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Using galvanometers for a rastor scan?

mullockt

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Hello :)

I am currently devising a way of displaying the output from a 'spinning disc camera'. It's an approximate recreation of the first ever live TV camera made by John Logie Baird in 1936.

It's outputting signals for position x and y (in a rastor scan pattern) and brightness over time. I thought that one way of displaying this output might be to create a laser projector with a pair of galvos positioning the laser spot. I appreciate that usually when creating a rastor scan with a laser other systems are suited better, such as using a spinning polygon mirror or a resonant mirror, but since the camera is outputting a live signal with slightly varying frame rate, it would be far simpler to take the ouputs already coming from the camera and just plug them into a laser projector.

I have been looking for as much information as I can find about how the specs for galvos work, and it seems as if the answer is fairly complex! The fast axis of the projector requires the x-axis galvo to be scanning in a sawtooth pattern at around 900Hz (the camera outputs 60 lines x 15fps = 900 lines/sec). If a 20kpps galvo were able to move from any point to any other point on the screen in 1/20,000 s, then that would be fast enough to produce a decent rastor scan, but I beleive things may not be this simple?

Can anyone offer any ideas as to how galvos might cope with a rastor scan at this rate? Is the idea feasible?

Cheers for any help!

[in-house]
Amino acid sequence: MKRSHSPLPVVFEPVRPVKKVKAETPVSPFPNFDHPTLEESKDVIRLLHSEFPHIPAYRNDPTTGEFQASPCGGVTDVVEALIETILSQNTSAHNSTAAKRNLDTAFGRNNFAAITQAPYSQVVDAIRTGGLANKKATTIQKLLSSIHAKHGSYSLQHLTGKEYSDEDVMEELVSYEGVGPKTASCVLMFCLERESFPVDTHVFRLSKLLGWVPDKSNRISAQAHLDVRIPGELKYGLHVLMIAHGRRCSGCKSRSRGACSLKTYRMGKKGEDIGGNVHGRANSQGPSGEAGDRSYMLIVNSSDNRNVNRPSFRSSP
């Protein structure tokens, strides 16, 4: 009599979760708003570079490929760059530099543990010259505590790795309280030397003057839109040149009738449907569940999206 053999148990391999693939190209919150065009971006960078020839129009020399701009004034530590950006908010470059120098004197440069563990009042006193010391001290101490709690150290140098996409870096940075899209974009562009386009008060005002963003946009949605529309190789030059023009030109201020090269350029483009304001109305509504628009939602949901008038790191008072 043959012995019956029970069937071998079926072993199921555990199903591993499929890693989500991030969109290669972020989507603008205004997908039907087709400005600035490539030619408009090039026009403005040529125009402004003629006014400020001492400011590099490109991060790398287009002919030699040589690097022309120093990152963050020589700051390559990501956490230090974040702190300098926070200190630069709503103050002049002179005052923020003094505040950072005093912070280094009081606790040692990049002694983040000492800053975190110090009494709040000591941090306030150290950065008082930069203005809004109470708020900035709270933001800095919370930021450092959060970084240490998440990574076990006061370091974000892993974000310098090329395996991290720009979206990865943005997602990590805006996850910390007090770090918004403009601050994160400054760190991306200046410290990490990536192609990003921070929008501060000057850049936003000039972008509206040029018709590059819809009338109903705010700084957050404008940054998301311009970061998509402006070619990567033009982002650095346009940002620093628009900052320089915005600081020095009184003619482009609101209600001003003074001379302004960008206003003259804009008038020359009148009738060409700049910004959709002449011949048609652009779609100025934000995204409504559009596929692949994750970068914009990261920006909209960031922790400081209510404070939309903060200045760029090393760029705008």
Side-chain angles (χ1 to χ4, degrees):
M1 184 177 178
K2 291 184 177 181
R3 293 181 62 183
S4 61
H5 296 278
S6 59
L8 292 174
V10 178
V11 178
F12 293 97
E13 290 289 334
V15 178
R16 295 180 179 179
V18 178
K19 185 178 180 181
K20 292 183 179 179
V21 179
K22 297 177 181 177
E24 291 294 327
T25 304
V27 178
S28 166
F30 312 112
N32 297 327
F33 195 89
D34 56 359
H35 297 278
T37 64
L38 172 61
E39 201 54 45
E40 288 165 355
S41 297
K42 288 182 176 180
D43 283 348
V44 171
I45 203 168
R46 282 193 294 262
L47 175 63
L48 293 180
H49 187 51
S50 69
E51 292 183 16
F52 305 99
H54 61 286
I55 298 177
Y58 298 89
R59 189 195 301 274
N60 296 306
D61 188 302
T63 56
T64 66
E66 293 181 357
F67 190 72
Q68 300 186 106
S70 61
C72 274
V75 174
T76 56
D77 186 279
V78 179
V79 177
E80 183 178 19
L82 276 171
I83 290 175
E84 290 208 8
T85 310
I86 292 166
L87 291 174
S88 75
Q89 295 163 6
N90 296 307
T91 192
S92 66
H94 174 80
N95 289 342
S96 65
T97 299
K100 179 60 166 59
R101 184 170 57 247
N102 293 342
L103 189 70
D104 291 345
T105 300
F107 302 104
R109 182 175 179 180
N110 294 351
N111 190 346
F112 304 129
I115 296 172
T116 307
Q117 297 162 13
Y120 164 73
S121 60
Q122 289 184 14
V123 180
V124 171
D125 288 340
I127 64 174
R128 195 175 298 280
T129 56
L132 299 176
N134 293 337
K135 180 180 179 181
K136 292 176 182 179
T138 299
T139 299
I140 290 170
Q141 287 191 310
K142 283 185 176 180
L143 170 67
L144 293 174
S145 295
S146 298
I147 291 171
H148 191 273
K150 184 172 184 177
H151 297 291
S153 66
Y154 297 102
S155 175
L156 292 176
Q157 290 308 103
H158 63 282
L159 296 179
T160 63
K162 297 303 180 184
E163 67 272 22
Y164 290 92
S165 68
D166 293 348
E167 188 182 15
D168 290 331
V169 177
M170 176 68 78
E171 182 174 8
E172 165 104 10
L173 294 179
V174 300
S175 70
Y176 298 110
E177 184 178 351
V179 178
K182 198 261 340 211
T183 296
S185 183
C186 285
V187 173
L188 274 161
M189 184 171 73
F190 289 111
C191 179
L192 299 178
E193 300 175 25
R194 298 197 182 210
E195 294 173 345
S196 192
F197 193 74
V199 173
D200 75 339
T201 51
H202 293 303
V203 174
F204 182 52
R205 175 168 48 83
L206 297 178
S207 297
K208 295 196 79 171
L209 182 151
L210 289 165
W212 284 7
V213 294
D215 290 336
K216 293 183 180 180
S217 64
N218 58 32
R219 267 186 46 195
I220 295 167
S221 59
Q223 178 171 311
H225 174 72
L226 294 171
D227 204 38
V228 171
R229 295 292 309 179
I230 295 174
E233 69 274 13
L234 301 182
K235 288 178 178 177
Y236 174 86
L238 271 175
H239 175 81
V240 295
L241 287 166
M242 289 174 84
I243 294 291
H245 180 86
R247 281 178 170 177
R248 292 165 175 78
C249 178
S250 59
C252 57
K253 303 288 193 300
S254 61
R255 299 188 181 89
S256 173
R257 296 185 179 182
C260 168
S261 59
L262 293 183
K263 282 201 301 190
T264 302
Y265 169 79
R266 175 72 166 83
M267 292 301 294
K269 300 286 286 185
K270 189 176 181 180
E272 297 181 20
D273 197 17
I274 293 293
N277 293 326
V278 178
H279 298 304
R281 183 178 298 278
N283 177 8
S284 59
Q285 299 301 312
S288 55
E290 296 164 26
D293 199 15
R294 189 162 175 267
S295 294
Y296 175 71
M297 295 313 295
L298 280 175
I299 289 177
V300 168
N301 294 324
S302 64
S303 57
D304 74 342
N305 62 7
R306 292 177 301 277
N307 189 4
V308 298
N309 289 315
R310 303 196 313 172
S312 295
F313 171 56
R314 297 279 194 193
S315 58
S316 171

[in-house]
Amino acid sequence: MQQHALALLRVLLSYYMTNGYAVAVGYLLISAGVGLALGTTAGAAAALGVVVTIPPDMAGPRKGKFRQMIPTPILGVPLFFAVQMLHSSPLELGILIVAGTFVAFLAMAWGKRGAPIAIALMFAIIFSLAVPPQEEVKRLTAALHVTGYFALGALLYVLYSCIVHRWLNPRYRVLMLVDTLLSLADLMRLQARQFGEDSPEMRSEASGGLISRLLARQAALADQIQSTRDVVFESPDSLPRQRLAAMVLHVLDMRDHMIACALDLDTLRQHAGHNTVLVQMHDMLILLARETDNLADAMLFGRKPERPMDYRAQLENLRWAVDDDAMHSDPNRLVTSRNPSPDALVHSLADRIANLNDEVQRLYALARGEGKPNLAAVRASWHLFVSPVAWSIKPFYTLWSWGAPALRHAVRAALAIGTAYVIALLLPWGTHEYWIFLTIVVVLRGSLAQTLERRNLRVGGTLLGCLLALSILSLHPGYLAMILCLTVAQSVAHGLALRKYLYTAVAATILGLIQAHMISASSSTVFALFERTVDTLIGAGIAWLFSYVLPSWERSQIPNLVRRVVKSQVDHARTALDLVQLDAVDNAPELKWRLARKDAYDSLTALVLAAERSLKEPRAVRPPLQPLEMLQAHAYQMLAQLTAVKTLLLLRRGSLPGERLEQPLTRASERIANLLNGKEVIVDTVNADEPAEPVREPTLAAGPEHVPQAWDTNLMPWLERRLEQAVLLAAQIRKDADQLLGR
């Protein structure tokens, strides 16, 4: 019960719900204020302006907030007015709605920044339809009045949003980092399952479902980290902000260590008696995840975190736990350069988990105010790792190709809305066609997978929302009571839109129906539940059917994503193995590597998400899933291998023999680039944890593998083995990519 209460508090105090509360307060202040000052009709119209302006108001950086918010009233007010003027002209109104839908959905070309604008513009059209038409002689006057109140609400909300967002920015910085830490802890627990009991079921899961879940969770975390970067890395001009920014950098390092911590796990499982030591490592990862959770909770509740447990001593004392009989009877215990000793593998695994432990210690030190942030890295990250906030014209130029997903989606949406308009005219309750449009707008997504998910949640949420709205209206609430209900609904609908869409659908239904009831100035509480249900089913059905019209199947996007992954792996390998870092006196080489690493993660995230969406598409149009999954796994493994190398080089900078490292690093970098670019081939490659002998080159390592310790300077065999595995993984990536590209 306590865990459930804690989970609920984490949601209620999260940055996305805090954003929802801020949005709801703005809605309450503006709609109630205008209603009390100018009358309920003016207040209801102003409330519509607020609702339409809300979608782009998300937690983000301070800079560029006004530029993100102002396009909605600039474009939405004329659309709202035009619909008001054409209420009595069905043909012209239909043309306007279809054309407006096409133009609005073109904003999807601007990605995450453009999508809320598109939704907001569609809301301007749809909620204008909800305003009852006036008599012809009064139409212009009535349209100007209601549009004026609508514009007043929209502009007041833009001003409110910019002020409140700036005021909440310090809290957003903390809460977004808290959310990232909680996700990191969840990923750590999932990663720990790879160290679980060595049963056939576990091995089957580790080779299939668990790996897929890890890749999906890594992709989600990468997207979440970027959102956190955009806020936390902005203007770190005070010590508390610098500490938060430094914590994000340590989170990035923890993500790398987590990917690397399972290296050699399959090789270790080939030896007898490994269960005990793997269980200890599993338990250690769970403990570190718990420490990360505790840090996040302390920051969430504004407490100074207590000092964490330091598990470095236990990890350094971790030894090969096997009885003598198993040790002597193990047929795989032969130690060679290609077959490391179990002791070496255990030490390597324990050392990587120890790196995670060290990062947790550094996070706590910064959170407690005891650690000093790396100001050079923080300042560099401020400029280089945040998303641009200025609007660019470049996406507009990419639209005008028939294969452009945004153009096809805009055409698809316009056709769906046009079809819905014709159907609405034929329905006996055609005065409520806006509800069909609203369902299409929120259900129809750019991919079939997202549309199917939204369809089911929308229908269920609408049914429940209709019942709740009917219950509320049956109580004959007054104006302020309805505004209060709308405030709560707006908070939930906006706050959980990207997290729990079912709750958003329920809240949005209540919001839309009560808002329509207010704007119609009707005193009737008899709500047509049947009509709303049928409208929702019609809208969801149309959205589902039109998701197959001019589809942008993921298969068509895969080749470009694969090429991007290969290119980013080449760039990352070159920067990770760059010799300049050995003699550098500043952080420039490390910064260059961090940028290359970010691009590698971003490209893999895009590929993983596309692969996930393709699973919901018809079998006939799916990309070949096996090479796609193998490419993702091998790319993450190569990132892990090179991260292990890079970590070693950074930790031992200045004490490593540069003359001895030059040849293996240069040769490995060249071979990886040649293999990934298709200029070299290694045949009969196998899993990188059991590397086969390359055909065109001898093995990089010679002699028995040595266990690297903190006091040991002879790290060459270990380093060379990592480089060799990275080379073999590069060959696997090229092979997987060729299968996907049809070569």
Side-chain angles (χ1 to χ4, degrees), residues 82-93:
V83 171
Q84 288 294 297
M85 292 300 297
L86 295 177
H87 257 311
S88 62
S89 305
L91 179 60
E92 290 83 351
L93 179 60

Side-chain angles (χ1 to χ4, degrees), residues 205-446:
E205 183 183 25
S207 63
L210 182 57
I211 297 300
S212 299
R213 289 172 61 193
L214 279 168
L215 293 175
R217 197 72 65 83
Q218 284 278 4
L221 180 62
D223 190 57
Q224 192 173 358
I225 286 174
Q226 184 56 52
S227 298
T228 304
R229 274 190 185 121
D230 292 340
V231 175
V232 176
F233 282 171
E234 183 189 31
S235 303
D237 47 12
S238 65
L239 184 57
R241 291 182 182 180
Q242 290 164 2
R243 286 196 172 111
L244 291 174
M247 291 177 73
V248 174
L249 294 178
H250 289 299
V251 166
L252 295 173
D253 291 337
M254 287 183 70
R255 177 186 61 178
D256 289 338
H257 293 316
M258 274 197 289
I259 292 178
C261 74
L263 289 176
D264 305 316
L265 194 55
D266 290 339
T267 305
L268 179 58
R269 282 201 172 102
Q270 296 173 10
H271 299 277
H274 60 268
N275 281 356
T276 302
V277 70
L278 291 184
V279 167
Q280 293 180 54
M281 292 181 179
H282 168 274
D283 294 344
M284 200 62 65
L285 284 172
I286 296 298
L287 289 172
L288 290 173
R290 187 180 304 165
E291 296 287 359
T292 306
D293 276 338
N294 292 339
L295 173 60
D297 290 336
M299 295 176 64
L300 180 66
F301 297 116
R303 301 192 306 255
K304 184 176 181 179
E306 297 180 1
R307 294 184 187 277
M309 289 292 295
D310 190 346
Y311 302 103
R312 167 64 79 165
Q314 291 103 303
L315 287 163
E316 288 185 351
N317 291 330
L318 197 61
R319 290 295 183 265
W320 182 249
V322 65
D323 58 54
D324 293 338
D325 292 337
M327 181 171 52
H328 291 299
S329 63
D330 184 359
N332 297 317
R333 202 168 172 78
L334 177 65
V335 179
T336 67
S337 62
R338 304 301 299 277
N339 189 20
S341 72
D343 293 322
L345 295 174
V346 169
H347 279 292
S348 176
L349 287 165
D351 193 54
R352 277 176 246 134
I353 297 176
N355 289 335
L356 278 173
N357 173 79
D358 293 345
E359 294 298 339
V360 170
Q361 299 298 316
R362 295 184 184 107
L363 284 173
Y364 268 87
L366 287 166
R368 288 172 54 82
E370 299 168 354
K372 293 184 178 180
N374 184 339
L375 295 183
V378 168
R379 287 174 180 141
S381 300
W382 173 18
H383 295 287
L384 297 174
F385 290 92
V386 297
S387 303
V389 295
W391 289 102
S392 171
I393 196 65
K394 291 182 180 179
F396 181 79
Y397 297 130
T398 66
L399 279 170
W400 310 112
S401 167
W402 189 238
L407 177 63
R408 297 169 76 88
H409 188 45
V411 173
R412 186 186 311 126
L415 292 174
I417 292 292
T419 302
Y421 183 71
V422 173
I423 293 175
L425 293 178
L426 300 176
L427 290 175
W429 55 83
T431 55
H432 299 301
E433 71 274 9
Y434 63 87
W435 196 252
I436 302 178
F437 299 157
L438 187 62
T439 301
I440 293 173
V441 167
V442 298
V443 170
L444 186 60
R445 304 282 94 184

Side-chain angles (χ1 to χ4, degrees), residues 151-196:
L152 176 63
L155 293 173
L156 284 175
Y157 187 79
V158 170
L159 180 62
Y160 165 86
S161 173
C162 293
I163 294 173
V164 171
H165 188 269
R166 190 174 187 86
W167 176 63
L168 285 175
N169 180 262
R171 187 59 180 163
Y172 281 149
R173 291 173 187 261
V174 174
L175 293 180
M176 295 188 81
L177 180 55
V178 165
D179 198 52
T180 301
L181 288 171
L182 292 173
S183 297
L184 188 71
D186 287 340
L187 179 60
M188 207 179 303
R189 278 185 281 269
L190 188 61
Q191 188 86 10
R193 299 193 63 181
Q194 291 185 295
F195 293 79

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Hello :)

I am currently devising a way of displaying the output from a 'spinning disc camera'. It's an approximate recreation of the first ever live TV camera made by John Logie Baird in 1936.

It's outputting signals for position x and y (in a rastor scan pattern) and brightness over time. I thought that one way of displaying this output might be to create a laser projector with a pair of galvos positioning the laser spot. I appreciate that usually when creating a rastor scan with a laser other systems are suited better, such as using a spinning polygon mirror or a resonant mirror, but since the camera is outputting a live signal with slightly varying frame rate, it would be far simpler to take the ouputs already coming from the camera and just plug them into a laser projector.

I have been looking for as much information as I can find about how the specs for galvos work, and it seems as if the answer is fairly complex! The fast axis of the projector requires the x-axis galvo to be scanning in a sawtooth pattern at around 900Hz (the camera outputs 60 lines x 15fps = 900 lines/sec). If a 20kpps galvo were able to move from any point to any other point on the screen in 1/20,000 s, then that would be fast enough to produce a decent rastor scan, but I beleive things may not be this simple?

Can anyone offer any ideas as to how galvos might cope with a rastor scan at this rate? Is the idea feasible?

Cheers for any help!
There is a little bit of galvo basics and how to drive them in "The Laser Cookbook" by Gordon McComb. It is not even close to the complexity you are talking about, but some of it may be useful to you. That is all I know about the subject. Hope this helps. Good Luck.
 

Cyparagon

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If a 20kpps galvo were able to move from any point to any other point on the screen in 1/20,000 s, then that would be fast enough to produce a decent rastor scan, but I beleive things may not be this simple?
You'd believe correctly. The speed rating in thousands of points per second (kpps) is based on display of the ILDA test pattern. With a different vector set, your maximum speed before distortion/overshoot will deviate from this value by a lot. For instance, if you plot a circle with a million points on the circumference, you could easily display perhaps billions of "points per second". If you have a program that plots random points in the display area, you may only get a few dozen points per second.

The speed rating is only to have a standardized comparison, not to calculate frame-rates. Raster can be done with standard laser projectors, but the frame rate will be low, even with low resolution. A spinning hexagonal mirror for the Y axis would yield better results.